Firms call for urgent interest rate cut

Firms call for urgent interest rate cut

Views BlogsLiverpool BlogsCommentLettersSend a Story Video or PictureTHE country economy faces a classic double bind. The Bank of England Monetary Policy Committee meets tomorrow to set interest rates, but whatever action it decides to take could prove to be wrong.

On one hand, there are growing fears of recession, resulting in calls for an urgent and larger than normal cut in interest rates.

On the other, raw material and energy prices are rising alarmingly, pushing up inflation and placing a conflicting pressure on the MPC to keep rates high.

The Bank, after all, is charged with the task of keeping inflation beneath 2%.

The picture is further complicated by what has happened in the United States in the past fortnight. America Federal Reserve has cut interest rates twice in the past fortnight. The two cuts total 1.25%, a dramatic gesture that seems unimaginable over here.

Yet the drama in America has inspired one local economist to call for a big cut to rates in Britain.

Peter Stoney, honorary senior fellow in economics at the University of Liverpool, has followed the fortunes of Merseyside economy for three decades. He is also part of forecasting group, Liverpool Macroeconomics.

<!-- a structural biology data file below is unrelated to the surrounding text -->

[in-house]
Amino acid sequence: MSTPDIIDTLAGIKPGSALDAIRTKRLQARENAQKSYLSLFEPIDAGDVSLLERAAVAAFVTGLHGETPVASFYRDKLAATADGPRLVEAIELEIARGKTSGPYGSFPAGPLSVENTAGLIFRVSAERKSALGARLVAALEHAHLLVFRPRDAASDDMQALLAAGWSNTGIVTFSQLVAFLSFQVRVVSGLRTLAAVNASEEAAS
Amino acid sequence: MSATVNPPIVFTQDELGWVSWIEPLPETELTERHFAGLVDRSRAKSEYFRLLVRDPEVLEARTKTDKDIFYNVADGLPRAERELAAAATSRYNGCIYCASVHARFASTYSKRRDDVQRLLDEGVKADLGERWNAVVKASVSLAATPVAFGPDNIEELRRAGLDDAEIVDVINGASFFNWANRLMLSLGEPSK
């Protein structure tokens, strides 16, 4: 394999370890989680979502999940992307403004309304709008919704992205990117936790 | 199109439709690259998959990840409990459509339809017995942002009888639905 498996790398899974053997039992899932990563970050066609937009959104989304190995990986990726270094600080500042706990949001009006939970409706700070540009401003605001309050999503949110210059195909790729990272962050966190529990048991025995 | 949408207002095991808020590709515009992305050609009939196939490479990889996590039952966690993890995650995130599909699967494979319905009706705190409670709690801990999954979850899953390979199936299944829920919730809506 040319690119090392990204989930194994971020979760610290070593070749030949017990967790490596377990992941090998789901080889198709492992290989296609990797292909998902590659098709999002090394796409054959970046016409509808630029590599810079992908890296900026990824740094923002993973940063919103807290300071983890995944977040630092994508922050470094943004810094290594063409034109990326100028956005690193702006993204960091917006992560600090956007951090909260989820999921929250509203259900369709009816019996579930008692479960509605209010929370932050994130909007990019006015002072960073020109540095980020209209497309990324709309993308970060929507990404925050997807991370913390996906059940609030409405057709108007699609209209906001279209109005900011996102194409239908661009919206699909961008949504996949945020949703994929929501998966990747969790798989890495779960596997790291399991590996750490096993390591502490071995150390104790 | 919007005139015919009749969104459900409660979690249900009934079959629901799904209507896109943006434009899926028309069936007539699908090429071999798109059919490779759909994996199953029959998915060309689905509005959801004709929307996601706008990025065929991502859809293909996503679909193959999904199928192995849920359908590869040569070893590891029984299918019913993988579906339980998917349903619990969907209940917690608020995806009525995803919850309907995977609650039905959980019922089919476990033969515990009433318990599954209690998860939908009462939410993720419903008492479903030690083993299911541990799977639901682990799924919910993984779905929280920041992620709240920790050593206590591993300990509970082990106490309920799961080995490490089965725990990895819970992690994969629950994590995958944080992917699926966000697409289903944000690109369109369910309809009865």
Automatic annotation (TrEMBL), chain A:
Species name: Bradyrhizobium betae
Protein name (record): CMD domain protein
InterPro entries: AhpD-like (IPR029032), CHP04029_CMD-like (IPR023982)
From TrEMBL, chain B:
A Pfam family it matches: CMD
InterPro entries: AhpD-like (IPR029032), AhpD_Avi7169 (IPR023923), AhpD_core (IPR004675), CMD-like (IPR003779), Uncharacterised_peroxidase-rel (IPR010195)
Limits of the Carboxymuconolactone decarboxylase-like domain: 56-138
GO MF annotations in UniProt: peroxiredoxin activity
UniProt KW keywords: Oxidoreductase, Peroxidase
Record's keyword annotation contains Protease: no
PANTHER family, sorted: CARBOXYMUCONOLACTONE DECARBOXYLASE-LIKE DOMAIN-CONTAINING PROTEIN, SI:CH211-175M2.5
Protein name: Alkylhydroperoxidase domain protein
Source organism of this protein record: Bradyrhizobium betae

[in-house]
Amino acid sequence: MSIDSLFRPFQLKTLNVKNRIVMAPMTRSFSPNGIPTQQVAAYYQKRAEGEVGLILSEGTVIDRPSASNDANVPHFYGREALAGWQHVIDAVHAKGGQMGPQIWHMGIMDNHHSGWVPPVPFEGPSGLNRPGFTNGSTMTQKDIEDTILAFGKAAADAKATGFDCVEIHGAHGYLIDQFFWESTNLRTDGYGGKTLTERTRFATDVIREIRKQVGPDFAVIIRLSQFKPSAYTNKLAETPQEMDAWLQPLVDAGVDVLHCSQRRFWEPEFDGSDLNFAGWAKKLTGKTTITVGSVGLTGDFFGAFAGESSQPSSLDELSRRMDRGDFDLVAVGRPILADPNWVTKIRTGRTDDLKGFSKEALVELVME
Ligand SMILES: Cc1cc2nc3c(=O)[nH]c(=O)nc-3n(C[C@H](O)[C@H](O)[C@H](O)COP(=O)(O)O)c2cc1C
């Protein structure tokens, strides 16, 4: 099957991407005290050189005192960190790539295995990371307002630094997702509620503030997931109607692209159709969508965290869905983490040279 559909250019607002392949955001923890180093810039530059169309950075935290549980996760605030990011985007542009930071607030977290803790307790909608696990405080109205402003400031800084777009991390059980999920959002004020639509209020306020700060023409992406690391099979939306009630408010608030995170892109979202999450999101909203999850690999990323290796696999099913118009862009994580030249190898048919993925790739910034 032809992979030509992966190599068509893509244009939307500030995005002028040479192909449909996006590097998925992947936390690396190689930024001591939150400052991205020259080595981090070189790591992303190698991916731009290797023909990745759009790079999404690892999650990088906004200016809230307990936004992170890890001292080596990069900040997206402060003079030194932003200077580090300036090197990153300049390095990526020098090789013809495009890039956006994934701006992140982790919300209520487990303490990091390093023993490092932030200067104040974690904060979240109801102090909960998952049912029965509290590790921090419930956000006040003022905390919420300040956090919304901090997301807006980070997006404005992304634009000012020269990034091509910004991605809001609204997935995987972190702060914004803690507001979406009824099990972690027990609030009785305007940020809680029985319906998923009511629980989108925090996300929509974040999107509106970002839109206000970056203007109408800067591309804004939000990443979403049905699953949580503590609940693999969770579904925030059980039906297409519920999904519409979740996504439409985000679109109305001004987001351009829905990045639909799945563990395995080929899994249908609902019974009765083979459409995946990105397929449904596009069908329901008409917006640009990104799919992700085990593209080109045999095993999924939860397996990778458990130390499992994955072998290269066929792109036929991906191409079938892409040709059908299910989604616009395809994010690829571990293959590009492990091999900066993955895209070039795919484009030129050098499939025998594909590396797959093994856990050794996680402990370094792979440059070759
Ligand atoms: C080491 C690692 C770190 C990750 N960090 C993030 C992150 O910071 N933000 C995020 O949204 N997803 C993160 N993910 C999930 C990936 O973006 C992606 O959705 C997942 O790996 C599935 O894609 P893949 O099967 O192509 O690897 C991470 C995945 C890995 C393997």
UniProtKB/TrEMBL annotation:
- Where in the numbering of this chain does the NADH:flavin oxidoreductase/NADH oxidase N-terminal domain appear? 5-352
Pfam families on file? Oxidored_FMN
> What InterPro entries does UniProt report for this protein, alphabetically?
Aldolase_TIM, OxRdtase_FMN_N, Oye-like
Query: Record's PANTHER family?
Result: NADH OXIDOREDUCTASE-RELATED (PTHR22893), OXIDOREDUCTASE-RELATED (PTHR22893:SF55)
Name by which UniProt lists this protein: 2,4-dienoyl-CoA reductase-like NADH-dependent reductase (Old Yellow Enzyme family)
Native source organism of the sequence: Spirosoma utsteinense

He said: have been calling for a halfpercent cut since before Christmas, because there is a threat of a downturn. To prevent it, we need a cut. The risks of missing the MPC inflation target are very small.

prices have been coming back down and the effect of the other commodities will be negligible. The Bank should take preemptive action to reduce interest rates now. We should take note of what the Fed has done in the US.

idea that we have decoupled from the US economy is quite absurd. The US accounts for 25% of world trade and we all depend on it for a large part of our export trade. concern is the potential impact of the credit crunch on the ability of businesses to borrow to finance investment. Tighter bank lending would harm the economy and the jobs market.

However, Michael Cox, a partner at business advisory firm Grant Thornton, believes the credit crunch isn the problem. He said: are still bankers wanting to lend. Their criteria may be a bit tighter, but there is still money out there for wellmanaged, profitable businesses.

have not had a single client ring up and say their bankers are refusing to renew facilities. In fact, I have even heard of one or two who have cut the price of borrowing. As for general recession, Mr Cox said: economy is not that strong that inflation will let rip if interest rates are cut.